Proactive versus reactive conversation management

How to engage in conversations? How are we managing consumer expectations as soon as we’re start answering questions on social media? Many companies just do social media campaigns and fail to have a follow up on their social media efforts. In other words: they do a great campaign to attract people to their Facebook fanpage, but fail to answer the questions and solve the problems of this new crowd. In a conversation era, there is no marketing without service.

On top of that, there’s the dilemma of managing expectations: many don’t wan’t to open ‘the floodgates’ on consumers reacting on their online efforts, just because they have the perception (or self-knowledge) that they won’t be able to handle that. They adopt a more reactive approach on what’s happening online, maybe to, someday, change into a more proactive conversations company.

That’s why we usually plot conversations efforts on proactive versus reactive axes and service versus marketing axes.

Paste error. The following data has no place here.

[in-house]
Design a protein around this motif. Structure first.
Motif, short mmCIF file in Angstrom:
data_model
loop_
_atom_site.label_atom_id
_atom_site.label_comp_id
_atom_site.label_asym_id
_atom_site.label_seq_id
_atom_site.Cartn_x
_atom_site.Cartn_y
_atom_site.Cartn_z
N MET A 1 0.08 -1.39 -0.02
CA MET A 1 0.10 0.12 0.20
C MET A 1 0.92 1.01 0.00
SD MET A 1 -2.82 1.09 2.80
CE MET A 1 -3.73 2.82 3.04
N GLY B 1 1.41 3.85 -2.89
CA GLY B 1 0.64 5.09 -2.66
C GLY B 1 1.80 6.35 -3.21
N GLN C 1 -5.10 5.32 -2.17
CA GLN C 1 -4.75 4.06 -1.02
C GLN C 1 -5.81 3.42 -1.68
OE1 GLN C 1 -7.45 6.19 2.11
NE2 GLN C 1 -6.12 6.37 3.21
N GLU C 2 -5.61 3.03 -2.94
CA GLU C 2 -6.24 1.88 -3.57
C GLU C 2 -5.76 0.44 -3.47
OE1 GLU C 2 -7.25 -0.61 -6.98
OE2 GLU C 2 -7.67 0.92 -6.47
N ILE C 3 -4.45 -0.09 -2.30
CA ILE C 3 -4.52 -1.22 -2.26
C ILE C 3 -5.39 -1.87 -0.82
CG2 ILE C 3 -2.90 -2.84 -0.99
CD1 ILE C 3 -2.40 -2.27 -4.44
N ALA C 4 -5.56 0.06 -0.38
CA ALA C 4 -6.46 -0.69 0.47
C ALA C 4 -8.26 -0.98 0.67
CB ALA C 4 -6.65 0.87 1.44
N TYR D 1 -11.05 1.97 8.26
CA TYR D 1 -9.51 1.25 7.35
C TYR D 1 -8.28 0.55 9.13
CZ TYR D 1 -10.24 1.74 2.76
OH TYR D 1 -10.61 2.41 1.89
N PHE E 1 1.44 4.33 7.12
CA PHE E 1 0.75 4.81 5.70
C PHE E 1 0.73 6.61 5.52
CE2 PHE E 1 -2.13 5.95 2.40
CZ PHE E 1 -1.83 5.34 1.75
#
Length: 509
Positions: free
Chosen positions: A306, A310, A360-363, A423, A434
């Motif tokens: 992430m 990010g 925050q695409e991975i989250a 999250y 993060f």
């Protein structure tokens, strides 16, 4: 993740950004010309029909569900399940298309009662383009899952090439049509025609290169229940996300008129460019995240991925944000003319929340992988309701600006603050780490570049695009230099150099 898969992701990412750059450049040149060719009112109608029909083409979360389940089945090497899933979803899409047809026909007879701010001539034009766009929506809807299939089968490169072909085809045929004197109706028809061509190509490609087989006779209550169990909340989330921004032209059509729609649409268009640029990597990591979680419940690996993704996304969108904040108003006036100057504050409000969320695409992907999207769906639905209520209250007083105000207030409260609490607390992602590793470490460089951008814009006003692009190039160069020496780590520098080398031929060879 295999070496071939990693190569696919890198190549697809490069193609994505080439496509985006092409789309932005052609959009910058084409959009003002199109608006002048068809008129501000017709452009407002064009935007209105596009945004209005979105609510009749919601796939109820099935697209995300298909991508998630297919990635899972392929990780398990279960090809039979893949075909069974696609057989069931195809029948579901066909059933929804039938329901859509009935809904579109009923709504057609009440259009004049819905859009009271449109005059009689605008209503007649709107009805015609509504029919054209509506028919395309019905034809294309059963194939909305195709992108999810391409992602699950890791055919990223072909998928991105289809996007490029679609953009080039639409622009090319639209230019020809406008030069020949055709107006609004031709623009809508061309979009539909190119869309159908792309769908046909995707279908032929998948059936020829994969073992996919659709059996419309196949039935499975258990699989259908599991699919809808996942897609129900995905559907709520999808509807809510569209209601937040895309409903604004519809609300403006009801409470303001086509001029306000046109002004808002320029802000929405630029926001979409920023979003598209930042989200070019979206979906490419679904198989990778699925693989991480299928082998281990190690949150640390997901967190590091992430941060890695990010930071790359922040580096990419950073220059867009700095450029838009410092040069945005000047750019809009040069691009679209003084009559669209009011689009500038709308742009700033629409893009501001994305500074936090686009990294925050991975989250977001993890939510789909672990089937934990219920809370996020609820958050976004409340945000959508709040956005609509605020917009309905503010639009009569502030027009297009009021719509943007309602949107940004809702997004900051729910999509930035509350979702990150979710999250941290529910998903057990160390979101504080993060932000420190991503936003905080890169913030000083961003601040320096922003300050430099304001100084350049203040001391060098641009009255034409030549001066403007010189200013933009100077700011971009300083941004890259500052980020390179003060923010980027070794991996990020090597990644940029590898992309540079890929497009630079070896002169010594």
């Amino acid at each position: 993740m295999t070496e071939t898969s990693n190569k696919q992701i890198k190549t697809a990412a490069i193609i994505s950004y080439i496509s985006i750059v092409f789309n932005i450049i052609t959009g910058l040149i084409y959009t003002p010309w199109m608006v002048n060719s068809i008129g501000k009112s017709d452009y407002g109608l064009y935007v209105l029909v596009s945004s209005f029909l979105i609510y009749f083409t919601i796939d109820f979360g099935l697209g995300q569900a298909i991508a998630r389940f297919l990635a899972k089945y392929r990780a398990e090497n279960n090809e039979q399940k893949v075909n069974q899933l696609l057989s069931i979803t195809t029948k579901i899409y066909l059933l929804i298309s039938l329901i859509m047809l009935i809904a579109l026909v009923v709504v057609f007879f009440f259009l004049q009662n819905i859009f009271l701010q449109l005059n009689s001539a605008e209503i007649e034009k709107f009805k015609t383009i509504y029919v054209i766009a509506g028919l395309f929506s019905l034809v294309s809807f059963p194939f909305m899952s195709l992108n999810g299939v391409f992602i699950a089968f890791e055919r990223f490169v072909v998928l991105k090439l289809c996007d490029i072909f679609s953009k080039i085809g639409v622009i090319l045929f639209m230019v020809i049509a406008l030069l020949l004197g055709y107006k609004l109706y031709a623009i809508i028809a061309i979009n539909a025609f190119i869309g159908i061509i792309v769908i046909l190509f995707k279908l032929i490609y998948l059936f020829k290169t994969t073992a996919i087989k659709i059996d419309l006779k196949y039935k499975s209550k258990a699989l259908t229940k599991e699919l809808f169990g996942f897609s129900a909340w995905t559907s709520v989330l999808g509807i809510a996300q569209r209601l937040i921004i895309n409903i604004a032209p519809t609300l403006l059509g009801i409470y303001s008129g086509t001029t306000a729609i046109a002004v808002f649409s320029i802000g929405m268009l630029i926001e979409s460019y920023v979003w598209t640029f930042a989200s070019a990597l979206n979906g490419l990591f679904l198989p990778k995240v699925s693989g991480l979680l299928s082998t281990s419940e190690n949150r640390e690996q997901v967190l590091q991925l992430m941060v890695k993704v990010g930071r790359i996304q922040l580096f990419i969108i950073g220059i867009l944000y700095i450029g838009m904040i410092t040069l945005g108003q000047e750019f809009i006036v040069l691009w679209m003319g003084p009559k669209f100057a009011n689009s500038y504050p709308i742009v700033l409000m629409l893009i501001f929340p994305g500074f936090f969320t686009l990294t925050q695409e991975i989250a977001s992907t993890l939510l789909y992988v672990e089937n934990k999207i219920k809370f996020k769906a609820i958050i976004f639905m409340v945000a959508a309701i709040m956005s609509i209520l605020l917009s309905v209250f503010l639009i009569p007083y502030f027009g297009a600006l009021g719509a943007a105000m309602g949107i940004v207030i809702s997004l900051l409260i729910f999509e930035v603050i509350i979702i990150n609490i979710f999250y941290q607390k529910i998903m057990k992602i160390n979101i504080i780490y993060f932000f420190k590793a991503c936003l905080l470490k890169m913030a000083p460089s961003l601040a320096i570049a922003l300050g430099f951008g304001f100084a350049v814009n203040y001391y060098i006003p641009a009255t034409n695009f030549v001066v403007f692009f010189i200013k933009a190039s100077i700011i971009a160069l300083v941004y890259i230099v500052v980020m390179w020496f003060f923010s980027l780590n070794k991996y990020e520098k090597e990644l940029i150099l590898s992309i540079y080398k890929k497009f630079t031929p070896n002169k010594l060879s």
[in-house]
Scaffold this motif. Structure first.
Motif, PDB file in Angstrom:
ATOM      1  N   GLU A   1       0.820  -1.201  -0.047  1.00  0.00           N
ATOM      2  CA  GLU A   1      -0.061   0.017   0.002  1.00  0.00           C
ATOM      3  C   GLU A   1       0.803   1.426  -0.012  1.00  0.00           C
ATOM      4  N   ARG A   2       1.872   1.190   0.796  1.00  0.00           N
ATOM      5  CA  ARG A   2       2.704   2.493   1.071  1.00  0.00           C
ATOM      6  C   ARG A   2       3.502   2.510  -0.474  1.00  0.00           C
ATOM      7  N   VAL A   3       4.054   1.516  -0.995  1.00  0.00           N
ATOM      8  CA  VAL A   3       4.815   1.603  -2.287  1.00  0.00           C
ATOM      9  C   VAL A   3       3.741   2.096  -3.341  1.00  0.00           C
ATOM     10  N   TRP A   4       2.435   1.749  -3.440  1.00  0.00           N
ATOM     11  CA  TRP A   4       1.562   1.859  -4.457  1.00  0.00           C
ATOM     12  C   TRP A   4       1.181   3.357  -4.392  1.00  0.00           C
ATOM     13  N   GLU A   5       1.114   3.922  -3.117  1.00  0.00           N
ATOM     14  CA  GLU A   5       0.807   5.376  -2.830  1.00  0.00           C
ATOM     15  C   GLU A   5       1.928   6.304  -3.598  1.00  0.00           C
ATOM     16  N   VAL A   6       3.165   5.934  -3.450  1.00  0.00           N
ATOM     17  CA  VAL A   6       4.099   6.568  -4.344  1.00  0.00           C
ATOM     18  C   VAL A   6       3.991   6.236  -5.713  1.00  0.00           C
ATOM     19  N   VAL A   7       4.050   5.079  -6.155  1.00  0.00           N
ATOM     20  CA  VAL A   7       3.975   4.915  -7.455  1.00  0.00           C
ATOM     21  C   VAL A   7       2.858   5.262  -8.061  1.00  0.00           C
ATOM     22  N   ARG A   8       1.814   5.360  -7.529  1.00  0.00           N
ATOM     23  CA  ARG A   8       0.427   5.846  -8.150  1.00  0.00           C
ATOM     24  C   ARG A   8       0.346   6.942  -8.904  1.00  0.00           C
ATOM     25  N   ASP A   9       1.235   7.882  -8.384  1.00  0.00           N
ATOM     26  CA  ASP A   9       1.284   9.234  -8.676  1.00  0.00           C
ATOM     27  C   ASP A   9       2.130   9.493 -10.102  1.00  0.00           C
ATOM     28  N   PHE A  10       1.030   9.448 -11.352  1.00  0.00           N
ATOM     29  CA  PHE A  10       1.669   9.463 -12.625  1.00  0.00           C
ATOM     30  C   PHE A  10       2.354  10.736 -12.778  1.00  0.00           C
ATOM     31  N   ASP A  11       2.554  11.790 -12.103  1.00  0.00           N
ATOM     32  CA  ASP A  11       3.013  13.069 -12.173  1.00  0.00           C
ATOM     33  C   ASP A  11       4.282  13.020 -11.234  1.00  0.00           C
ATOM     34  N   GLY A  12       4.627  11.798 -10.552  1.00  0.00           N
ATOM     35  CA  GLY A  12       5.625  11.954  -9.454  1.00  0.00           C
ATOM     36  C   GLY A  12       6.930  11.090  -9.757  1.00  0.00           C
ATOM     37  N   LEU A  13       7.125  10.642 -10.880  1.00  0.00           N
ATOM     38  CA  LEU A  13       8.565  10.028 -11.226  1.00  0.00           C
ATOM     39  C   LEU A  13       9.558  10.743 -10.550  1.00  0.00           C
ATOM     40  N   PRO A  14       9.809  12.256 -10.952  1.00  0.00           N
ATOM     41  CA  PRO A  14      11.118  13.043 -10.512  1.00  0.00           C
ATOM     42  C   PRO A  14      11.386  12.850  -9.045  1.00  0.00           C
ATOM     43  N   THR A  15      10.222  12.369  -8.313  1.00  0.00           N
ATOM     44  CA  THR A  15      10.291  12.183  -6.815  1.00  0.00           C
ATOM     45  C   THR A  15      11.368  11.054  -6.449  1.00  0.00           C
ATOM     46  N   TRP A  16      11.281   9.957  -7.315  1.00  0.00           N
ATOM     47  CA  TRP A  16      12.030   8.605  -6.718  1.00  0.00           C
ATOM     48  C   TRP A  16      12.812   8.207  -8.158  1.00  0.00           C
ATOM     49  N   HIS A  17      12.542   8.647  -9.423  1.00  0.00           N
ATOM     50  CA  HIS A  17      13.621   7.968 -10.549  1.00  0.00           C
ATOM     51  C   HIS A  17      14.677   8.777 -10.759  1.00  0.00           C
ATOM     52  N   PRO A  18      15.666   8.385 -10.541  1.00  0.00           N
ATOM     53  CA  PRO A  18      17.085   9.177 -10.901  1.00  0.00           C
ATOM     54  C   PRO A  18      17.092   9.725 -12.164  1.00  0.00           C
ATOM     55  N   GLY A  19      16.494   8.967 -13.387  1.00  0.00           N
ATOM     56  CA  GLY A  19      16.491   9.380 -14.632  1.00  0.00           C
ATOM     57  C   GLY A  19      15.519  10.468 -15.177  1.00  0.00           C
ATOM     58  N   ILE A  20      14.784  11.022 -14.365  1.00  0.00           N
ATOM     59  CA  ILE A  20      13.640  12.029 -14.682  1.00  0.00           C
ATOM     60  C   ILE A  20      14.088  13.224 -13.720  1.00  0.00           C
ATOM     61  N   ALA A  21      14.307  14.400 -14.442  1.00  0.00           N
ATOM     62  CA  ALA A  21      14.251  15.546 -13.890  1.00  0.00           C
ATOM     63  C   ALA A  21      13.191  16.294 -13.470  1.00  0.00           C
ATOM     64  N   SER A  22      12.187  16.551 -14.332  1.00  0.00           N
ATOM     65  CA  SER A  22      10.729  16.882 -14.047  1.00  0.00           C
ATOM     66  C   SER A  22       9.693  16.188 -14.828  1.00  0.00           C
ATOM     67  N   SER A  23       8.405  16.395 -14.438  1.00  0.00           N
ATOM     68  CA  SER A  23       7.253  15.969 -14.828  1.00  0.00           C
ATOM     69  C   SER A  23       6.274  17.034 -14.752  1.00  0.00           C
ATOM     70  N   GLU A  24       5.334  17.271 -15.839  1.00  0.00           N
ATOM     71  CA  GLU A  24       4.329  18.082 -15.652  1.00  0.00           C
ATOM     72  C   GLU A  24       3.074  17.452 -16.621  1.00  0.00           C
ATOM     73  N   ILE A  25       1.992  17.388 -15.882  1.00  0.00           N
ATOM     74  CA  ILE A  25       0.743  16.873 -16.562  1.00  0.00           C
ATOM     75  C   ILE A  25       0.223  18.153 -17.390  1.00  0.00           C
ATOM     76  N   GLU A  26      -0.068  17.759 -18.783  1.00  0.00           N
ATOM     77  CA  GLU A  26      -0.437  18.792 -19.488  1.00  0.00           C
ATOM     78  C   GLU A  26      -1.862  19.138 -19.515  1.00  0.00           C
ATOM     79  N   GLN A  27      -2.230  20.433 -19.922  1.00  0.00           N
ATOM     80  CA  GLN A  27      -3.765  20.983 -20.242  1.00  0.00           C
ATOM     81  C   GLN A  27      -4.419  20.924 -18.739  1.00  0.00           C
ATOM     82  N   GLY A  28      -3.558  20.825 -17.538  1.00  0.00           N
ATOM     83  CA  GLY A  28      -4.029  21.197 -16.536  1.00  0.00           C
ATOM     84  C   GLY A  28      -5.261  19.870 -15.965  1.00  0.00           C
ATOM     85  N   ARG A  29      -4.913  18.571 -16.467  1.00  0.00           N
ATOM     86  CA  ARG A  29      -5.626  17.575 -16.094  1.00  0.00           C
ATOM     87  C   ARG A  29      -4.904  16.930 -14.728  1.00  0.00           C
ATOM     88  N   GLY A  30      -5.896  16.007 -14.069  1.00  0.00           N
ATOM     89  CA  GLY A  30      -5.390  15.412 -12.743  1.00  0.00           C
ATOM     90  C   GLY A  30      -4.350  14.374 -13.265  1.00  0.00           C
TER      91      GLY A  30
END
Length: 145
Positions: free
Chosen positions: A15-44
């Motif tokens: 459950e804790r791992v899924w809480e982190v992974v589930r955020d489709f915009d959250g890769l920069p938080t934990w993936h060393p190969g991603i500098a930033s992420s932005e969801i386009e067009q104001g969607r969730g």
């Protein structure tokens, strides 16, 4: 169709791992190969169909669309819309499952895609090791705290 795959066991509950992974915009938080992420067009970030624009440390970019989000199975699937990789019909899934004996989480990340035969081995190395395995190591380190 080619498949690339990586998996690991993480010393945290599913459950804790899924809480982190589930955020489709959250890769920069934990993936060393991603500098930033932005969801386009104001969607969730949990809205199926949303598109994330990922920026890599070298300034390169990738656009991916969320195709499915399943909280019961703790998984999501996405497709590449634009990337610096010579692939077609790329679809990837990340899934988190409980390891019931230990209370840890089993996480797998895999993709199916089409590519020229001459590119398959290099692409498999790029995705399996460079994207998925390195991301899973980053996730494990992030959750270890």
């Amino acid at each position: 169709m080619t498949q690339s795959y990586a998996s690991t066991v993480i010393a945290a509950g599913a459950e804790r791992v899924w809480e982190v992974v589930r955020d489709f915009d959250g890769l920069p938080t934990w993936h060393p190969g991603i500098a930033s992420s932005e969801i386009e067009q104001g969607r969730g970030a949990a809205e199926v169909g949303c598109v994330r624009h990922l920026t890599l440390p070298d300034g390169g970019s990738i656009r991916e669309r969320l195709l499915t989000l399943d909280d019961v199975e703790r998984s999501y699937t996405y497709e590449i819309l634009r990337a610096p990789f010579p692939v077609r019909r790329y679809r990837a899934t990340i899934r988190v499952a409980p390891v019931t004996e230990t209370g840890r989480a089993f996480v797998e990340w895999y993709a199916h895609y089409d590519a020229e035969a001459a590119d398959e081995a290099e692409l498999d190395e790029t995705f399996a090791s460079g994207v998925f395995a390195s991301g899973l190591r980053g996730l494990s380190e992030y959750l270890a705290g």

Proactive versus reactive conversation management

Note: we use Observe, Facilitate and Join as elements of the existing Observe-Facilitate-Join model.

That makes four kinds of conversation management:

  1. Reactive and marketing-driven: OBSERVE Converse Approach people based on their expressed needs. E.g. consumer says: “I am looking for a decent place to stay in Amsterdam, can anybody advise us?”
  2. Reactive and service-driven: OBSERVE Engage Approach people who have expressed their problems or discomfort with your products or service. E.g. “I can’t seem to get product X/Y working”
  3. Proactive and marketing-driven: FACILITATE & JOIN Activate Make it easy for people to share their love for the product. Directly activate people. E.g. Coupons, discounts, campaigns.
  4. Proactive and service-driven: FACILITATE & JOIN InformPursue a content strategy, inform people, proactively support people, make things easier. E.g. FAQ, corporate blogs, pushed notifications.

What do you think? Makes sense?

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